Ignoring access orders makes bad situations worse, by Brian Ludmer

Responding to difficulties in enforcing access to children continues to be a problem in search of a solution in family court. Despite settled jurispru dence and ample statutory rem- edies, parents denied their time with their children continue to struggle for practical, cost effective and timely solutions.

Almost without exception the non-compliant parent will indicate that they are encouraging the children to go, but cannot get them to go because the children have good reasons not to see the other parent. Decisions over access should not be left to children as that will necessarily triangulate them into their parents’ dispute and, through non-compliance with court orders, fosterantisocial behaviour. In a conflicted environment, the minute children get a sense of the optionality of their relationship with one of the two parents, the family dynamic will continue to unravel. Access problems occur even in the face of temporary and final court orders setting out a parental time share schedule. It is trite law to say that a court order speaks for itself, and that compliance is mandatory until such time as it in fact has been varied. The failure of child protection agencies to intervene in a particular case is the best possible evidence that there should be ongoing compliance with a current court order until it is varied. However, the tens of thousands of reported cases of non-compliance suggest that the simple argument that “an order is an order” is not a sufficient or compelling response.

The first step is a motion seeking compliance with the existing arrangements together with the addition of supporting provisions and specific directives. The fundamental difference between a motion for compliance and the motion for contempt is set out in Hefkey v. Hefkey [2013] O.J. No. 1697. One supportive provision to seek is an order for a mandatory payment for each subsequent missed access. Since fines and penalties are only available on a motion for contempt, the remedy in a motion for compliance can prescribe that the payments be made to the children’s RESP.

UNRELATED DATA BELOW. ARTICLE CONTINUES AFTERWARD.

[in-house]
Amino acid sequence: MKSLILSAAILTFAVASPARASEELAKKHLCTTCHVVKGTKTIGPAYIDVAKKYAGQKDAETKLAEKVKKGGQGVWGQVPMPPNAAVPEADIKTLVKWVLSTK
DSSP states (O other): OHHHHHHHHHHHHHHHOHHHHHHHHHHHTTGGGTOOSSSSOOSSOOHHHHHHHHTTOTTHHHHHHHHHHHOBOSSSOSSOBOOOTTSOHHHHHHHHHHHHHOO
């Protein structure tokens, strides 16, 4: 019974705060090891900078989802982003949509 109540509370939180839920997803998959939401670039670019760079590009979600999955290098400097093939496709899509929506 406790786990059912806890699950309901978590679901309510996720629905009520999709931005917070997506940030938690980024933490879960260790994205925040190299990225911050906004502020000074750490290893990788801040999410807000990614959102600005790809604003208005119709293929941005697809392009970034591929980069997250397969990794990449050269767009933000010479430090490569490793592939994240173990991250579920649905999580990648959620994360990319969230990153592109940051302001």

Failing all other interventions, a motion for contempt should be brought—however, this entitles the defending parent to an oral hearing if they wish, and will lead to further delay. The impact of the Supreme Court of Canada decision in Hryniak v. Mauldin [2014] S.C.J. No. 7, which urges courts to consider proportionality and expedited remedies short of trial, is still to be seen. Hope fully, this will embolden courts to take a decisive intervention at the earliest stage of denial of access, before the family dynamic becomes too difficult to reverse.

In high conflict cases, the use of out-of-court remedies such as mediation, collaborative law and therapy has a disappointing track record. In particular, it is not well understood that there are many “schools of therapy” and that in cases of severe family dysfunction, normal therapy can actually do more harm than good by providing yet another forum for the airing of grievances.

The ultimate remedy of change of primary residence, perhaps with a non-contact order, needs to be considered earlier in the intractable cases. While there are many reported cases where this ultimate remedy has been resorted to, they generally come after many, many years of family dysfunction at enormous cost, and need to be considered earlier in the process.

Acting for the parent seeking remedies requires a focus on the guidance, boundaries, incentives and consequences that ought to be deployed by the offending parent in their own home in order to ensure that the children exhibit healthy and appropriate behaviour regarding access with the other parent. Those four tenants of “parenting” need to be applied in an escalating manner as access denial continues month after month. In the absence of that evidence, the word “encourage” is a hollow excuse indeed.

The difficulties and the ultimate remedies are illustrated in two cases that the writer has been involved with. In Sickinger v. Sickinger [2009] O.J. No. 2306 (affirmed [2009] O.J. No. 5178), Justice Susan Greer stated: “[I]t is essential that the Court take a firm step to prevent further breaches of the 2008 Order. It is not sufficient for the Court to overlook a first breach. Child custody and access Orders are not like a game of baseball, where it takes three strikes before you are ‘out.’”

A pattern of non-compliant behavior was canvassed in A.F. v. J.W. [2011] O.J. No. 2953 and [2013] O.J. No. 3153, a case involving two five-week trials, a motion for contempt, multiple prior therapeutic failures and ultimately a reversal of custody. The matter is to be heard by the Ontario Court of Appeal in the late summer/early fall of this year and will hopefully clarify some of the vexing issues in these types of cases.

Brian Ludmer is a business law and family law attorney in Toronto and was counsel to the successful father in each of the Sickinger and A.F. v. J.W. decisions.